EU leaders agree to increase vaccine production, block AstraZeneca exports
Frustrated over a massive shortfall in contracted deliveries of AstraZeneca Covid-19 vaccines, EU leaders have agreed to increase production within the bloc, as a third wave of infections surges across Europe. French President Emmanuel Macron is among those supporting a block on AstraZeneca vaccine exports from European production facilities.
European Union leaders agreed on Thursday to increase the production of Covid-19 vaccines in Europe and to endeavour to improve the rollout of inoculations across member states.
It is "absolutely vital" that the EU continue working toward improving its vaccine production capabilities, European Council President Charles Michel said following the EU virtual summit.
With inoculation programmes in the bloc running far behind those of Britain and the United States, the Commission warned that vaccine exports by AstraZeneca would be blocked until the pharmaceutical company delivered the shots it promised to the EU.
"I think it is clear that, first of all, the company has to catch up, has to honour the contract it has with the European member states, before it can engage again in exporting vaccines," European Commission President Ursula von der Leyen said, renewing a threat she made on Wednesday to stop the pharmaceutical giant exporting vaccines made in the EU.
“We have to, and want to, explain to our European citizens that they get their fair share,” she said.
AstraZeneca has slashed forecasts for the number of vaccines it can produce for the EU in the first and second quarters this year.
Of the 300 million doses due to be delivered to EU countries by the end of June, AstraZeneca now aims to deliver only 100 million.
The EU, meanwhile, has shipped off 77 million Covid vaccine doses manufactured in the bloc, according to new figures given by Ursula von der Leyen on Thursday. More than a quarter of those were to the UK.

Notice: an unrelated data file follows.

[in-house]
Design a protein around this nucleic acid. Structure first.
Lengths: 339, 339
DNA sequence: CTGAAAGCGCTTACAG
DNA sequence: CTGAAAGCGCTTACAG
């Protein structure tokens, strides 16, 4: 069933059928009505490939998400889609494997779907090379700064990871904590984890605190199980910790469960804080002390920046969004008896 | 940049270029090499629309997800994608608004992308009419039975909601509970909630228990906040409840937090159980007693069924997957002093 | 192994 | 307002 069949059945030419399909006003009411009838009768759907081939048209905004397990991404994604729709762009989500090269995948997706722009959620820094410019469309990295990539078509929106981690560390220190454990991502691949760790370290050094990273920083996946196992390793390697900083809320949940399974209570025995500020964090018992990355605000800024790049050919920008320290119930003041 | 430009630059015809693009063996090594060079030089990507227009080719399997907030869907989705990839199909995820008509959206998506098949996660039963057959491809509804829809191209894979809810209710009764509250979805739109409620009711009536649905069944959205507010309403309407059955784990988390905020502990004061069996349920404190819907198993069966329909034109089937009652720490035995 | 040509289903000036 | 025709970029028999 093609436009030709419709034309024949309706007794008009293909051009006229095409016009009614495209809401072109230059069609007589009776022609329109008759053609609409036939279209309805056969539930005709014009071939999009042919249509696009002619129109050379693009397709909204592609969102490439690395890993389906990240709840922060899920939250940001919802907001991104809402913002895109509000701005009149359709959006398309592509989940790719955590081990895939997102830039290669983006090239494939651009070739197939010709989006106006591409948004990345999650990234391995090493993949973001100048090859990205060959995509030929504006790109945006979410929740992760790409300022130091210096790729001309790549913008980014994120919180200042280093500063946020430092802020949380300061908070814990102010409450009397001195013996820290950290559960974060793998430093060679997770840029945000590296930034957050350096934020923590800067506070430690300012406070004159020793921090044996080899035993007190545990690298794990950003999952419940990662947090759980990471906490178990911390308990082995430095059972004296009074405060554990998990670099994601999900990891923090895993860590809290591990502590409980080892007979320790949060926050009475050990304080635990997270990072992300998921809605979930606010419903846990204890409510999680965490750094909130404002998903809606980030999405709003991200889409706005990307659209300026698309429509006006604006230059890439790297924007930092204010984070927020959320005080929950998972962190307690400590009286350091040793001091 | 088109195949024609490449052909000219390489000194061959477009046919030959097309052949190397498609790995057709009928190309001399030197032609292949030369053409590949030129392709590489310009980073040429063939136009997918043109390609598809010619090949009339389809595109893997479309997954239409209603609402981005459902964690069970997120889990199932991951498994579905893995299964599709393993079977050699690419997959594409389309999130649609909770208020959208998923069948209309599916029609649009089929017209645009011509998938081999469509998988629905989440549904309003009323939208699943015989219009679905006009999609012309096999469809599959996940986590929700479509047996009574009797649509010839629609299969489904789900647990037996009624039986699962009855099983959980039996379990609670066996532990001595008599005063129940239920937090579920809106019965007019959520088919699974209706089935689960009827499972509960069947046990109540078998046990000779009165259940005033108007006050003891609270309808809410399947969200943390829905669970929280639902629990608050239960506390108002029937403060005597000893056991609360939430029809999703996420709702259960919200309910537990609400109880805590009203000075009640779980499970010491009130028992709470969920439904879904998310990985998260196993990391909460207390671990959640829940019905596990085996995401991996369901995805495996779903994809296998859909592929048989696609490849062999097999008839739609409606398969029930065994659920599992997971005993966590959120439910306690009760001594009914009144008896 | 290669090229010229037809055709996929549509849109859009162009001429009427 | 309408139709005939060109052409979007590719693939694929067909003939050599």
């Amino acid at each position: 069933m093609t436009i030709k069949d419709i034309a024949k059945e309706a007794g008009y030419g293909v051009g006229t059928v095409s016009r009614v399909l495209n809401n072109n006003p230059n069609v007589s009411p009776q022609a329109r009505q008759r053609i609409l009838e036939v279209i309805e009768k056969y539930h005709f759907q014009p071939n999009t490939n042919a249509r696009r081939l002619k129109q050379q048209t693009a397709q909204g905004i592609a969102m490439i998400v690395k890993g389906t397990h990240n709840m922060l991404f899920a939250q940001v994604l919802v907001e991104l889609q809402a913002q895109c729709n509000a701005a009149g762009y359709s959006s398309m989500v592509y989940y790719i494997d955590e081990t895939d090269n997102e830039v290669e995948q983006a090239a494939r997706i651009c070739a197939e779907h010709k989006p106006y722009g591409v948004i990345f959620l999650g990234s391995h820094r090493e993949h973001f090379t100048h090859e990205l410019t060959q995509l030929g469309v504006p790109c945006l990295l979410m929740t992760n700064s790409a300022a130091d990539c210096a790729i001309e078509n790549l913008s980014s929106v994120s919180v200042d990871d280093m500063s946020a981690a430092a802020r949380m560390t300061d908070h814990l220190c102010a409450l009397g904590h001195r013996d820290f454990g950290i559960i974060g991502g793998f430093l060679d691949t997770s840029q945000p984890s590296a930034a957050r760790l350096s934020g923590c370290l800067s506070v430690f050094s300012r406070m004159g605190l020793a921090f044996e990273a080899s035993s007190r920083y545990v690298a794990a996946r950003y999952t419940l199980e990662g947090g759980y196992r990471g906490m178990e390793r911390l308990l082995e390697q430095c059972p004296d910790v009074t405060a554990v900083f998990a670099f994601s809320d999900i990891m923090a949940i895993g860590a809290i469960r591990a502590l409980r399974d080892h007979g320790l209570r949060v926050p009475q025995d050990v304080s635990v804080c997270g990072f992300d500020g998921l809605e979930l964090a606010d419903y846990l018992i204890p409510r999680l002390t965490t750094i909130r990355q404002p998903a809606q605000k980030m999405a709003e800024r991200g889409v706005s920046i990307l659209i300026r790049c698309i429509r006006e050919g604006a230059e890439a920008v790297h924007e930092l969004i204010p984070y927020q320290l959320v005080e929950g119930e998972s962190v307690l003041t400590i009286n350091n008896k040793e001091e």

The EU has exported 77 million doses of vaccines to 33 countries since 1 December 2020.— Ursula von der Leyen (@vonderleyen) March 25, 2021
In addition, as a lead donor to COVAX, it has contributed to exports to low & middle income countries.
While remaining open, the EU needs to ensure Europeans get a fair share of vaccines. pic.twitter.com/9TbTxAuFxk
'Let's stop being naïve'
The slow vaccine rollout is due in part to supply chain issues.
While the EU is divided over whether to take a tougher line on vaccine exports by companies that do not meet contractual commitments, French president Emmanuel Macron made it clear he backed the Commission's stance.
"Let's stop being naïve," Macron told reporters after the virtual summit. “I support the fact that we must block all exports for as long as some drug companies don't respect their commitments to Europeans.”
Macron said the EU had been late in ramping up vaccine production and inoculations. In an interview with Greek television on Tuesday he chided a slow Europe which had, unlike the US, failed to reach for the stars in its vaccine programme.
But on Thursday he said Europe was catching up and would become the world's biggest producer of vaccines this summer.
France is facing a third wave of the coronavirus epidemic but Macron defended his decision not to impose a third lockdown at the end of January, against the advice of many scientists.
"I have no mea culpa to make, no regrets. We were right to do that," Macron said.
But he admits that he is preoccupied with the situation in French hospitals and agrees that new restrictions will probably have to be taken in the coming days or weeks.
So far, 6,870,993 people have received a first dose of the vaccine in France (10.20 percent of the population), and 2,549,521 have received a second dose (3.80 percent of population).
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